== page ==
10 Drought-Tolerant Trees That Will Throw Shade
By Sheereen Othman | June 18, 2018
The summer heat has arrived. With the unpredictable climate patterns, one can only plan strategically when it comes to keeping cool long-term (and lowering energy-costs). Rising temperatures and drought in many communities make planting even harder. But don’t worry, here are 10 shade trees with drought-tolerance that will keep you cool and add beauty to your yard.
1. Eastern Redcedar
The eastern redcedar tree is a common sight throughout most of the plains states and eastern United States on road cuts, in fence rows and scattered across abandoned fields—especially where limestone soils are present. It is an aromatic tree, with reddish wood giving off the scent of cedar chests and crushed fruit providing a whiff of the gin they once flavored.
Thanks to its tolerance of heat, salt, a wide range of soils and other adverse conditions, the eastern redcedar can be put to good use on the farm in windbreaks and in city landscapes for hedges, screens, clumps or even as specimen trees.
Hardiness zones 2-9
2. Bur Oak
The bur oak is a mighty sight to behold. A coarsely textured crown, wild and wooly acorns and a massive trunk with rough and deeply furrowed bark combine to make one impressive tree. But really, those characteristics helped this oak survive the elements of its wide-reaching natural range. In fact, the natural bur oak range is the northern- and western- most of all the eastern oak species.
While its massive size counts this tree out for most urban and suburban yards, the bur oak make a great choice for parks, institutional grounds and expansive yards.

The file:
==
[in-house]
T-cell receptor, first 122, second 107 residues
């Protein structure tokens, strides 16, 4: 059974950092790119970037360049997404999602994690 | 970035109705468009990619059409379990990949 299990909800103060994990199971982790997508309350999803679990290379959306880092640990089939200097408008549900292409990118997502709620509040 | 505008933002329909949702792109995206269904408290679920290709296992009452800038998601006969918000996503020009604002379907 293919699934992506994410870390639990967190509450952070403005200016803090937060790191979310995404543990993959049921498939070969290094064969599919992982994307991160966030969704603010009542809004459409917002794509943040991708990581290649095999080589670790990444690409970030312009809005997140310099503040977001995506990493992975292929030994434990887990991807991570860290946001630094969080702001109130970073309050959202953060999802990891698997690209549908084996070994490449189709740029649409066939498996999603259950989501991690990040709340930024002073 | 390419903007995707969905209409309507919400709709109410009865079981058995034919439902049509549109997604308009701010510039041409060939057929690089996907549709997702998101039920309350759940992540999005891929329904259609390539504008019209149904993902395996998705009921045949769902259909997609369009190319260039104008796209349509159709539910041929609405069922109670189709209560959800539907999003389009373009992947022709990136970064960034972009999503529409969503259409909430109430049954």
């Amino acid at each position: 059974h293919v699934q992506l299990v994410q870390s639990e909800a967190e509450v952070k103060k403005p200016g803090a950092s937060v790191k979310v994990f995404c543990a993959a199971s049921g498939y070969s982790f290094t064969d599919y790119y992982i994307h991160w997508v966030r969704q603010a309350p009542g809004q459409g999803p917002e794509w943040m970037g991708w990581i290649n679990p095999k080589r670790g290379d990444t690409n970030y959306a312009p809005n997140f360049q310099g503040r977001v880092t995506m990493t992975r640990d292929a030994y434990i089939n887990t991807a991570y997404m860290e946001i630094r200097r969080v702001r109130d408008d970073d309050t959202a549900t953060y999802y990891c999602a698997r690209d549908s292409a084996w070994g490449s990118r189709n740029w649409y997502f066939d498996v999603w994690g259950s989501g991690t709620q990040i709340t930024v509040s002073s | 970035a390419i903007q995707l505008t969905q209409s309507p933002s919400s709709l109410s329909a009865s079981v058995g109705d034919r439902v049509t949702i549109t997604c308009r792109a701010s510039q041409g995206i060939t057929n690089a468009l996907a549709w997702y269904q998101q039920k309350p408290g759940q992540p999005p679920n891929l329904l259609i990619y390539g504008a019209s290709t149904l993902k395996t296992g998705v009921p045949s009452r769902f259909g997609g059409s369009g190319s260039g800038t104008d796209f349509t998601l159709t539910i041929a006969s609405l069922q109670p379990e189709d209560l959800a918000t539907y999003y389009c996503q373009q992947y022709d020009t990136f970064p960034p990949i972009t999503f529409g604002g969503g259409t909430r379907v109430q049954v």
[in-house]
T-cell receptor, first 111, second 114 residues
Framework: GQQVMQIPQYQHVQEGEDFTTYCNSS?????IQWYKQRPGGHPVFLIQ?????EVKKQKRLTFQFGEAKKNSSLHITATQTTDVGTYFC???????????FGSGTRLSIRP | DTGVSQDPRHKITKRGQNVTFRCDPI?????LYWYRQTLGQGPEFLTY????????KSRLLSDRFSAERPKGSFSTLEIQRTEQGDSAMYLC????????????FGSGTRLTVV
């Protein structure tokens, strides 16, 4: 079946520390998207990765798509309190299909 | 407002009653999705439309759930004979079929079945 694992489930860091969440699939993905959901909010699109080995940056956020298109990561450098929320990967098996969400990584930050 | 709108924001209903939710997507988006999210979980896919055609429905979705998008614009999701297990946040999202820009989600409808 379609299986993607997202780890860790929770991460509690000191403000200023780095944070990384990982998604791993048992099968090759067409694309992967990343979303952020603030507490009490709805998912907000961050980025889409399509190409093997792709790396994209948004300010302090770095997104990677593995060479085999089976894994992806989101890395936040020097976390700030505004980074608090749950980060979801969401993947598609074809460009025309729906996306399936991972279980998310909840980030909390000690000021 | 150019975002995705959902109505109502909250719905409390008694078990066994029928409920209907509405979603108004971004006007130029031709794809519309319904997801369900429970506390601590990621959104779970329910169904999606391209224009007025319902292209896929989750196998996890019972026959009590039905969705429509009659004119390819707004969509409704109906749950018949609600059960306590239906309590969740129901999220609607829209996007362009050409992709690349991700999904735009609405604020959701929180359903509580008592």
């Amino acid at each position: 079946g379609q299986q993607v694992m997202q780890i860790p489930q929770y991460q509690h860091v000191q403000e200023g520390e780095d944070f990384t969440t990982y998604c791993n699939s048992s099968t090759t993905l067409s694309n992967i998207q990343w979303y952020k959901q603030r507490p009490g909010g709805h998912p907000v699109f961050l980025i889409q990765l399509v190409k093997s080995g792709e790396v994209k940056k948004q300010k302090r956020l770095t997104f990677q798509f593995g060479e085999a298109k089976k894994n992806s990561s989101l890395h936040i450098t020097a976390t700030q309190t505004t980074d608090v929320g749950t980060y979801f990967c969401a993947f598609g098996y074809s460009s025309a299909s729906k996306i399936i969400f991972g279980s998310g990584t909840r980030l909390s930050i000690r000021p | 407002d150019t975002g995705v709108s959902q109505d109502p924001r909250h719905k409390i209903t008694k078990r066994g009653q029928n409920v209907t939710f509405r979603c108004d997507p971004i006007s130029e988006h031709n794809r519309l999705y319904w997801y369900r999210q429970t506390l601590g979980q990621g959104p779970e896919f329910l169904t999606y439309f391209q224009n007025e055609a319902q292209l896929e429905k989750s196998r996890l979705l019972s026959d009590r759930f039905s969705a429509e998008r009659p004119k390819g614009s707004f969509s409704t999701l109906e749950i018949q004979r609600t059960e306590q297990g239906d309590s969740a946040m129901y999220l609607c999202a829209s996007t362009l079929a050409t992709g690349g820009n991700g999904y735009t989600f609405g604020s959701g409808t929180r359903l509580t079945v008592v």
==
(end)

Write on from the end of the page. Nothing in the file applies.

Hardiness zones 3-8
3. Northern Red Oak
The northern red oak has been called “one of the handsomest, cleanest, and stateliest trees in North America” by naturalist Joseph S. Illick, and it is widely considered a national treasure. It is especially valued for its adaptability and usefulness, including its hardiness in urban settings. This medium to large tree is also known for its brilliant fall color, great value to wildlife and status as the state tree of New Jersey.
Whether you’re selecting a tree to plant in your front yard or out on the farm, it’s a fast-growing species worth keeping in mind.
Hardiness zones 3-8
4. Kentucky Coffeetree
Drought-resistant. Tolerant of pollution. Adaptable to a variety of soils. With its reputation as a tough species, the Kentucky coffeetree is an excellent choice for parks, golf courses and other large areas. It is also widely used as an ornamental or street tree.
The tree’s picturesque profile stands out in all seasons and can be attributed to a unique growth habit of coarse, ascending branches that often form a narrow crown. Tree expert Michael Dirr pointed out that there are “certainly no two exactly alike.”
Hardiness zones 3-8